One of the chief reasons why elderly people do not want to go into care homes is because they fear that they will lose their independence and become far too reliant on a system that may not support their independence. This is something that was pretty much confirmed in research by the Live In Care Hub (www.liveincarehub.co.uk), which you can read in their Better At Home Report. With that in mind, continue reading to discover some of the steps you can take to help your parent maintain his or her independence.

Determine what their care needs are

The first thing you are going to need to do is figure out what their care needs are. While you have opted not to send your parent to a care home, it is likely that they are still going to need a bit of outside assistance. This could be in the form of a carer who comes in throughout the week or it could simply be a bit of help from family members in terms of getting around. You should think about the tasks your parent needs to carry out on a daily or weekly basis, for example, taking medication or doing the grocery shopping, and then determine whether or not this is the sort of thing they would need help with.

Find community resources

The next thing you need to do is assess your parent’s home to determine whether or not it is safe and suitable. You may want to make modifications to their home if not. For example, you may want to tear down walls and make the property more open plan so it is easier for your parent to get around. You may also want to modify fixtures to make them more user friendly or install easier-to-access sinks and showers. It all depends on the needs of your parent. Aside from this, looking into a home monitoring system comes recommended. These systems are designed to recognise any changes in your parent’s activity. So, for example, if your loved one took a fall, the system would send an alert to you and potentially 999.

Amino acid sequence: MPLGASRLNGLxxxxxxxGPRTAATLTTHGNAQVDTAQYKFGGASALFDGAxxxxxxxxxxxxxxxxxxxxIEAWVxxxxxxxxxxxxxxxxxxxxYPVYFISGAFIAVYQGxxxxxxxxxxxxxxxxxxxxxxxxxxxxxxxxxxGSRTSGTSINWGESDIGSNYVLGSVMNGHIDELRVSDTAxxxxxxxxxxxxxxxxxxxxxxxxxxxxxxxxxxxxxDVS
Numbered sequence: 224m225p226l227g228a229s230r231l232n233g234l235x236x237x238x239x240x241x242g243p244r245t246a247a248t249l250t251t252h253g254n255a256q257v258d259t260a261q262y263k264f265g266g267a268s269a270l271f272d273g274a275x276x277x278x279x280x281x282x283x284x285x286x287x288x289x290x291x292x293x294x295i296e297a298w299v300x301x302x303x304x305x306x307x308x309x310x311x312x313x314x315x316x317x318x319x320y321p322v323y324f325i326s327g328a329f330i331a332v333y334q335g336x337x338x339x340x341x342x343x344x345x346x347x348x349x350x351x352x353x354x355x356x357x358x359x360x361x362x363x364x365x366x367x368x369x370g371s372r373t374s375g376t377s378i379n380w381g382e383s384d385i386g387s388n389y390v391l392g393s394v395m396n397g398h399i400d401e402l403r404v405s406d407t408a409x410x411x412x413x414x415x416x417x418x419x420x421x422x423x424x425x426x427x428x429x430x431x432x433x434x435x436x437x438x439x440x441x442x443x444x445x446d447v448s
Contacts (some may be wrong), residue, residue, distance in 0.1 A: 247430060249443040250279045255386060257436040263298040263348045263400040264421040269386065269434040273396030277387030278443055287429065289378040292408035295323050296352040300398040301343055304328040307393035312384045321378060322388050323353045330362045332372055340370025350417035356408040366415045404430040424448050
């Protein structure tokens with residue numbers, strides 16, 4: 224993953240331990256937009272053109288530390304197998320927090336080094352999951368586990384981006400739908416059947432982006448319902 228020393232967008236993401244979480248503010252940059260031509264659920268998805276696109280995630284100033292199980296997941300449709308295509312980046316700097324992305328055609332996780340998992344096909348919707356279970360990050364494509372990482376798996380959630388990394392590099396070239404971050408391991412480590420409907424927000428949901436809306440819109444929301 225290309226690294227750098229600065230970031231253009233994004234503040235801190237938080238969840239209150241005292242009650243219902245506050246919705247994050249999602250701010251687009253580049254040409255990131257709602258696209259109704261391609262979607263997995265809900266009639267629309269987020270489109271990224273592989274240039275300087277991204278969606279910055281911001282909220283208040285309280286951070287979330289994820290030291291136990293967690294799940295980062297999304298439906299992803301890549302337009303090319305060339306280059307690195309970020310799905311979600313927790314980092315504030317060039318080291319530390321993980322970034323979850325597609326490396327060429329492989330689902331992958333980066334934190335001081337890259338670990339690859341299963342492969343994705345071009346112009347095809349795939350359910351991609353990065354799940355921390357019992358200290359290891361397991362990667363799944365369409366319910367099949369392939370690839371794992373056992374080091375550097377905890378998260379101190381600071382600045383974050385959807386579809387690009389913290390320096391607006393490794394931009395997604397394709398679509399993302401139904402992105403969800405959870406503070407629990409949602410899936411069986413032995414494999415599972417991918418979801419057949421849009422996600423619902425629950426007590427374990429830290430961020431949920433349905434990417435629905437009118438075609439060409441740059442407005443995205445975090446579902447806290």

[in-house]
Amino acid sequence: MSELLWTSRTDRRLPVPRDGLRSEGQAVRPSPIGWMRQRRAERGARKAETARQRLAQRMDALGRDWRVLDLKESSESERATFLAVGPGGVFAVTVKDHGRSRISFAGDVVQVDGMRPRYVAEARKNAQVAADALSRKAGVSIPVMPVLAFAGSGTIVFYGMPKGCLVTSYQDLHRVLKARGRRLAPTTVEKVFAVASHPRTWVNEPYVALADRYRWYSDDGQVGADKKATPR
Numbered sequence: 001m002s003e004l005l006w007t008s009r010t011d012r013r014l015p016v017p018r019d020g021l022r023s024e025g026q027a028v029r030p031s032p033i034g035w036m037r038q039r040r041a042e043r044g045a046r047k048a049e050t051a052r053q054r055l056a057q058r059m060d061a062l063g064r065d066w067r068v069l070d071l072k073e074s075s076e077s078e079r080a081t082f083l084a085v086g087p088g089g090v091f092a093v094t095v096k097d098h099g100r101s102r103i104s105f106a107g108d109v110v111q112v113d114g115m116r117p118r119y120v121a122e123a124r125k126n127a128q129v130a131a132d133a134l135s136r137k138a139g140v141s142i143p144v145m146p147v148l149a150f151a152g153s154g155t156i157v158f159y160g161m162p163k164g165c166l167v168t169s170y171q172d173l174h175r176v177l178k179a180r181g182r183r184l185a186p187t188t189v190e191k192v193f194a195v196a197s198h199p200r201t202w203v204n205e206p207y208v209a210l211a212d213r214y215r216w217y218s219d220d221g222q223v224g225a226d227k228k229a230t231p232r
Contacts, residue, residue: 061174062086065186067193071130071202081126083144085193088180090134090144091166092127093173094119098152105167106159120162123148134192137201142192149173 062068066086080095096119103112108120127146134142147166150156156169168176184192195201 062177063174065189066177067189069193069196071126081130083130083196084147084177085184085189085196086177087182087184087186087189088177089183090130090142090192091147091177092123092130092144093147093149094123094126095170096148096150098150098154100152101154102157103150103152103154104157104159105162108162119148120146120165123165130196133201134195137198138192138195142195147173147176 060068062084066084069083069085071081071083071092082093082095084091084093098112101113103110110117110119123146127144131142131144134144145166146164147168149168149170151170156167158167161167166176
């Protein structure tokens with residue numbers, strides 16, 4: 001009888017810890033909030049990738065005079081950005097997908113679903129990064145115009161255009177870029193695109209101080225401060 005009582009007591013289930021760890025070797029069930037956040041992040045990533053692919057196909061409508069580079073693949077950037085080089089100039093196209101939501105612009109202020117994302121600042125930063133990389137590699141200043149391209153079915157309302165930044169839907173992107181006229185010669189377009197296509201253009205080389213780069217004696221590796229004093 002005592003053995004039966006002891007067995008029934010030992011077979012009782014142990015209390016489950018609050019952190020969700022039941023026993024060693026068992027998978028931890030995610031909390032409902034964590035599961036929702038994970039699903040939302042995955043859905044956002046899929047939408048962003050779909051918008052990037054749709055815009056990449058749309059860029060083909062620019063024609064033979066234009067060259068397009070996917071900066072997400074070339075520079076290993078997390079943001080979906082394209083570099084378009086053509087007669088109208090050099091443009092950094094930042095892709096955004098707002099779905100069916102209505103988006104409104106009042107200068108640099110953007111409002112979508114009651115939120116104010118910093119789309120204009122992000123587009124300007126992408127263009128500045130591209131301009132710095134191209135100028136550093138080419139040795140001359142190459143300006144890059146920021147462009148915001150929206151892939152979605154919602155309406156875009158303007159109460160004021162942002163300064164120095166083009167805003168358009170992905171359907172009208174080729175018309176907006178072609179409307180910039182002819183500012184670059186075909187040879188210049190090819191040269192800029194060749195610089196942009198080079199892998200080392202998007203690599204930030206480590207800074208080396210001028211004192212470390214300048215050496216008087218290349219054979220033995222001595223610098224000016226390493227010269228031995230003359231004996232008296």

Find community resources

The final piece of the puzzle is to look into community resources. Is there anything going on in the community that would be of interest to your loved one? There tends to be senior centres and such like in most areas in the UK. You can also look into any community help too, for example, meals on wheels. This would enable your parent to get one or two meals delivered per day so that they do not need to cook themselves.

As you can see, there are a number of different things that you can do in order to help a loved one maintain his or her independence. If you follow the advice that has been provided in this article, you will be giving your parent the assistance they need to ensure they are cared for without taking over their life or making them feel restricted. It is all about finding the right balance.